Finished this on the bus home tonight. Loved it — nicely constructed, very funny, and just enough bite to make it more than slapstick. First Contact story in which the aliens are gelatinous cubes who want to make friends, but are well aware that as rather smelly gelatinous cubes they’re going to *scare* people — so they hire a Hollywood agent to solve their image problem before publicly revealing themselves.
It’s available as a free download at Scalzi’s website. Go check it out.
I bought a second-hand Cybook Gen3 ebook reader from my writing partner last month, and I’ve been using it long enough now to have some initial thoughts about it. This isn’t a proper review, as I haven’t been exploring all its features. What I *have* been doing with it is simply reading some of the books she’d loaded on it, mostly on the bus to and from work.
And the obvious question is — do I regret spending one hundred pounds on this thing? After all, I could buy quite a few paperbacks for that money. To which the answer is “no”, and for a specific reason I’ll get to at the end of this post. And it’s not one of the obvious reasons, like saving shelf space or being able to carry a hundred books with me at all times, although I can see the advantages there.
Would I buy one at full market price? (Currently 269 pounds if shipped to the UK.) Probably not, but mostly because the wee beastie is physically fragile, and I fully expect that I’ll manage to break it within a year or two given my current usage of it. I can see why other people would pay that for it, and why I might in other circumstances.
read more about the pros and cons
Finished Accelerando on the bus on the way home tonight, and the first Dalgliesh novel at lunchtime yesterday. Started John Scalzi’s Agent to the Stars after finishing Accelerando, because it was a *long* bus ride home, courtesy of gridlock that added at least twenty minutes to the usual time. Which I could have done without, because I’ve either picked up the lurgy that’s going around at work, or I’m in the early phases of a migraine, and felt sufficiently dizzy at work this afternoon that I had to go outside and get some fresh air. Either way, I’m sure I’ll feel much better if I take some codeine and go to bed. More detailed comments on the books will have to wait.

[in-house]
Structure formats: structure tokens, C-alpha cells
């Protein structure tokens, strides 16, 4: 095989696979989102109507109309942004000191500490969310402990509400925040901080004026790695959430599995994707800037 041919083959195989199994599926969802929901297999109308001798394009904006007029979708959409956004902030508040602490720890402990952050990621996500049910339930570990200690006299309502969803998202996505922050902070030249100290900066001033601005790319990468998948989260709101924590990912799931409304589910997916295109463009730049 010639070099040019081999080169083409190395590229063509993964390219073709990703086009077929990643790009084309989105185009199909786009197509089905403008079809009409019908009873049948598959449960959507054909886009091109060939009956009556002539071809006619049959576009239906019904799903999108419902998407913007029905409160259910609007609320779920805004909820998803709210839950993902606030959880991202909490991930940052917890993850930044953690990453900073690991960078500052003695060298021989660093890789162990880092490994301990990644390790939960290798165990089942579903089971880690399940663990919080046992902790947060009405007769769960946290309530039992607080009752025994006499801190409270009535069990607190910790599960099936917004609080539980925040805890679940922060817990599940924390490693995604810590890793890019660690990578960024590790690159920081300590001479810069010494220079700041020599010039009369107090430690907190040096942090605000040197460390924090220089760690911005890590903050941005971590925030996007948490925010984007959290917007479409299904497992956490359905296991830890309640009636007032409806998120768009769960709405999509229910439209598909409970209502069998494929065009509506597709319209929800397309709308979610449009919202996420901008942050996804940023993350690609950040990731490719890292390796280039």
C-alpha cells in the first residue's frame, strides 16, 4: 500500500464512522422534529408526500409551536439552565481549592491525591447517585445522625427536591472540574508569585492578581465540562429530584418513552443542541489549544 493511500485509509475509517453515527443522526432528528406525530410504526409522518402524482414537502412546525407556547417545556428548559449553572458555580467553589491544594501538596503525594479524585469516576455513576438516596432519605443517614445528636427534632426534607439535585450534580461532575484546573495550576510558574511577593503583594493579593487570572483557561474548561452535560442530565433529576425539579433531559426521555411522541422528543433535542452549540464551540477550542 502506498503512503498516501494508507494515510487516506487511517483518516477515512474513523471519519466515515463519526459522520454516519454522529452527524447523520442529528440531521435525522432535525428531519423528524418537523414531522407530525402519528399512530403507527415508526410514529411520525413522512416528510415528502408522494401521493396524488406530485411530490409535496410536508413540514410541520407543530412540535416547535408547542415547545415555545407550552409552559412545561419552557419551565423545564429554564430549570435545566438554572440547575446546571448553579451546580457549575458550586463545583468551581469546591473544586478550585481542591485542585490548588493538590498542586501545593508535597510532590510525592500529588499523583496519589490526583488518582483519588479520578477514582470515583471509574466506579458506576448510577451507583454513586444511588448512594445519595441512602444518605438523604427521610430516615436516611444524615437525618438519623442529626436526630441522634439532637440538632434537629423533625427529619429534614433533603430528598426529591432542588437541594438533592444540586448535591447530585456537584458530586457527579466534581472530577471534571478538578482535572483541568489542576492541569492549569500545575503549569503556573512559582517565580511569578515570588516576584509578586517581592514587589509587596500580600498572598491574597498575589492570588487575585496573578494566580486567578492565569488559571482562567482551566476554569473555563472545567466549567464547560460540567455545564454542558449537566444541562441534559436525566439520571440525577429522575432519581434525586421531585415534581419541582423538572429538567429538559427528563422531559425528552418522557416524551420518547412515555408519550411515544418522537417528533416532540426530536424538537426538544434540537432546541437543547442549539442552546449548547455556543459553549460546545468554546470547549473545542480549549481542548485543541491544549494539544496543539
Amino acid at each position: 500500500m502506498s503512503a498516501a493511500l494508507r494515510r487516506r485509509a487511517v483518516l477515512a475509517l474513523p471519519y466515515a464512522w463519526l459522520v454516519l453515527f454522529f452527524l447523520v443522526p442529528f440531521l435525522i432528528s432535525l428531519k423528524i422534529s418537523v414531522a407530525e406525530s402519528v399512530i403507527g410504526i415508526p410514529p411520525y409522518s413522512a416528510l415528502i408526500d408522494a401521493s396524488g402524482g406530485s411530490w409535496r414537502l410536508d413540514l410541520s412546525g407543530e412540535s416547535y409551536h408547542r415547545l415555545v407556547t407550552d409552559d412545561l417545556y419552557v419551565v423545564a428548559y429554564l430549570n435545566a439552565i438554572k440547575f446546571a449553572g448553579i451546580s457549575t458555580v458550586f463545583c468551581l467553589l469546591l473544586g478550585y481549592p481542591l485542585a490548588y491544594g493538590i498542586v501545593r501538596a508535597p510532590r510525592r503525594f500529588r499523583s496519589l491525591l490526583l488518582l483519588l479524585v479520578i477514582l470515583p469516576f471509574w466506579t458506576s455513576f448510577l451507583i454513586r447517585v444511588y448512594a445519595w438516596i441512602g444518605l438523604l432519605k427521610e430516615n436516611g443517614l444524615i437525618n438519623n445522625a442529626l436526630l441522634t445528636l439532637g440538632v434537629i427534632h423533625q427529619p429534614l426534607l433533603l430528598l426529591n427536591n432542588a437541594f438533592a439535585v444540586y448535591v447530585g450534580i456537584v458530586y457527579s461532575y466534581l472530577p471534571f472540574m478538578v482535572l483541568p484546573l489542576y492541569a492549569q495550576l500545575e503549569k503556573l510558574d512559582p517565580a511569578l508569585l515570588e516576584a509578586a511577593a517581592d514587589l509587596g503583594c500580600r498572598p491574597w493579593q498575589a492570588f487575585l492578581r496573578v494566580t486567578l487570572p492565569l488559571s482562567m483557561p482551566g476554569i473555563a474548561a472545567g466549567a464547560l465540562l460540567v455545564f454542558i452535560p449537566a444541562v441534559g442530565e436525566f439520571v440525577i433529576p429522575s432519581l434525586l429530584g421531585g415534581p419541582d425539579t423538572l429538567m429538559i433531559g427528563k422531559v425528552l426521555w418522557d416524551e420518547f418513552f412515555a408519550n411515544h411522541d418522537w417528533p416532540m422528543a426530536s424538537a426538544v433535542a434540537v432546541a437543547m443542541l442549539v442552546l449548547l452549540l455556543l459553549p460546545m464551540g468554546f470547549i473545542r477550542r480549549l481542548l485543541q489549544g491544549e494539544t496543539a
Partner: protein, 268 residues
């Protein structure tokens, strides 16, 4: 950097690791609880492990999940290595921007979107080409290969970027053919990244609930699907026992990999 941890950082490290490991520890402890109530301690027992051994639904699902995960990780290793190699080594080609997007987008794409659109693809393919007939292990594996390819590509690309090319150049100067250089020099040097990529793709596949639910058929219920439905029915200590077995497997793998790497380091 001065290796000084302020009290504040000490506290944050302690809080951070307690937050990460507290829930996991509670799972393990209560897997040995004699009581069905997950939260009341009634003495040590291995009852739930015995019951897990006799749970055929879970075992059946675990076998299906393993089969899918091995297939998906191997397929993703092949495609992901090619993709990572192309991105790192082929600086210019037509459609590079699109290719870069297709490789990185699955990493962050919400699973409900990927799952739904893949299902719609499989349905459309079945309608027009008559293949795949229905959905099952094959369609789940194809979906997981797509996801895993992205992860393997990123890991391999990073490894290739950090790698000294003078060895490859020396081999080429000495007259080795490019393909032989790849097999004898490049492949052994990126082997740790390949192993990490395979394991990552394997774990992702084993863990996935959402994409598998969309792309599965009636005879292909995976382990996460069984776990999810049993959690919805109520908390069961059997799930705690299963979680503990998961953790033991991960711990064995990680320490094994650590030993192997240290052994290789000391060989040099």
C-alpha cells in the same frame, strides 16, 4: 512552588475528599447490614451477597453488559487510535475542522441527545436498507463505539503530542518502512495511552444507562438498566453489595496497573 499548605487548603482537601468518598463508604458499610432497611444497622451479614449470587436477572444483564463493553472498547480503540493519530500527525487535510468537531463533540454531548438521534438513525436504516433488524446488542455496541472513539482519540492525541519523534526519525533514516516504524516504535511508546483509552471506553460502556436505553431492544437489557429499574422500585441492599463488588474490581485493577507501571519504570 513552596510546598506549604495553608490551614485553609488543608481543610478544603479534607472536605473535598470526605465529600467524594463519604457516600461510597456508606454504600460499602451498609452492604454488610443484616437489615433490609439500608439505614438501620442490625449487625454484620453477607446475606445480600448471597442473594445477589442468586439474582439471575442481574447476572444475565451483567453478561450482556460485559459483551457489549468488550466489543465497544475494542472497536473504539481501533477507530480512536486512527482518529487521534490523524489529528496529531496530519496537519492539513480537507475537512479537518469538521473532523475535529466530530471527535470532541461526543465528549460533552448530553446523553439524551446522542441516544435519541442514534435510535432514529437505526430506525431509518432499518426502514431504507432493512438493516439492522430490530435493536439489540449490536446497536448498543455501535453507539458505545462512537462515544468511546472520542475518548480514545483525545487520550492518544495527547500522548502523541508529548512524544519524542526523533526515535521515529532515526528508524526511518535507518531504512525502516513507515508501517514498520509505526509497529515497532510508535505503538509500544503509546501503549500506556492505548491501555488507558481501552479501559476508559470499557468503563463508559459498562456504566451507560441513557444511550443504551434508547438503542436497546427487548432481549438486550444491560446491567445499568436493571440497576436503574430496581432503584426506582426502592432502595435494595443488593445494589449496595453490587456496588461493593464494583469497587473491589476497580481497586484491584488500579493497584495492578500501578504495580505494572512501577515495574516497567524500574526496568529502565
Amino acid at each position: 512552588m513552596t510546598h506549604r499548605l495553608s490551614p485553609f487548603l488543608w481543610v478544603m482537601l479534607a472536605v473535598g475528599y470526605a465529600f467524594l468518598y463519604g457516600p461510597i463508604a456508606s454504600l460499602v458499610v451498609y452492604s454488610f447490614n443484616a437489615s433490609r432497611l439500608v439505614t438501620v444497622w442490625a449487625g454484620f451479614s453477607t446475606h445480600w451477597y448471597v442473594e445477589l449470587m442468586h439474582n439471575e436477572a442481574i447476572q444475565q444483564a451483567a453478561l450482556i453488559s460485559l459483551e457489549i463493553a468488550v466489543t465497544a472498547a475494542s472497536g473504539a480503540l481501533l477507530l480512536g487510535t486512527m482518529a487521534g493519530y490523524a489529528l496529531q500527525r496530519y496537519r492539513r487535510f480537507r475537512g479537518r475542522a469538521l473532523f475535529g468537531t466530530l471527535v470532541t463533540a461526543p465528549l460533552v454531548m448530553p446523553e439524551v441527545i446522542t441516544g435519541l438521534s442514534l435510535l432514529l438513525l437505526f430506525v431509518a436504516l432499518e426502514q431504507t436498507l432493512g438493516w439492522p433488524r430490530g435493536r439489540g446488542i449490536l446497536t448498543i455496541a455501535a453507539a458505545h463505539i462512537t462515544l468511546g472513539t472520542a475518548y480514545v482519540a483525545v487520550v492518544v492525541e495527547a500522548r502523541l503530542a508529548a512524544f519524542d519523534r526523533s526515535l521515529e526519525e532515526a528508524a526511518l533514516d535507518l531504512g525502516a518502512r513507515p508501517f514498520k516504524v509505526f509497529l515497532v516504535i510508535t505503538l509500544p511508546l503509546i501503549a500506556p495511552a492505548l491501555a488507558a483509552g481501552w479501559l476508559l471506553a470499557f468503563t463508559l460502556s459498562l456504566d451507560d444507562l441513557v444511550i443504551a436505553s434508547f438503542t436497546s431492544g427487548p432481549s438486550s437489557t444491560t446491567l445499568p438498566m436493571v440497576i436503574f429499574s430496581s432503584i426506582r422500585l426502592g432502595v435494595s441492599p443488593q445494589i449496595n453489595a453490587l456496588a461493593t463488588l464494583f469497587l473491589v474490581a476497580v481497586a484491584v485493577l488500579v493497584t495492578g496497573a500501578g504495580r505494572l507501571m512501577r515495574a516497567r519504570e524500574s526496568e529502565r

I listened to the podcast on the bus home last night — not the ideal environment, especially when the woman sitting behind me started shouting into her phone in that “I’M ON THE TRAIN!” way so beloved of mobile phone users in a slightly noisy environment. So I really need to listen to it again. But in the meantime, I’m of the opinion that I’m glad I didn’t pay for it, but I enjoyed it.
You can find a download link for the podcast of the new Torchwood radio play “Lost Souls” on the BBC Radio 4 website.
SPOILER WARNING: there is a huge spoiler for the end of the second series of the tv show on the linked page, which you don’t want to read if you don’t already know what happens in the last episode.
I read the Torchwood tie-in novel “Torchwood”: Trace Memory on Sunday morning. Enjoyed it. Full review to follow, though probably not until after a) RSI’s a bit better, b) I’ve read it again.
Still working through Accelerando on the Cybook. One interesting thing — I tend to get sick if I try to read on the bus, but I’m much more tolerant of the bus motion when I’m reading the Cybook. I’ve only once had to stop reading it. That alone will make it worth the money I paid for it, as long as it doesn’t prove to be incompatible with the RSI.
Today’s question from BostonBibliophile: Awards. Do you follow any particular book awards? Do you ever choose books based on awards? What award-winning books do you have? (Off the top of your head only- no need to look this up- it would take all day!) What’s your favorite award-winning book?
I tend to follow the Hugo Awards, voted on by the members of the World Science Fiction Convention each year. This is partly because a) I’m moderately active in sf fandom, and thus the awards show up on my radar without my even looking for them, b) one of my friends shows up in the nominations on a regular basis. :-)
I used to follow the Nebula Awards ( voted on by the US professional sf writers’ association), but that was back in the days before the internet, when they were both timely and the anthology was a good way of getting your hands on the best short sf of the year if you were living somewhere where the magazines were unheard of.
I own a number of award-winning books (and am rather pleased that one of mine was short-listed for something, though in a moderately obscure award). Off the top of my head, the one I’d plump for would be Terry Pratchett’s The Amazing Maurice and his Educated Rodents, which won the Carnegie Medal. It’s a children’s book, but it’s a children’s book that can be enjoyed by all ages, and that does not spoonfeed its readers. It’s a fantastic piece of work, and one I recommend checking out if you’ve not read it.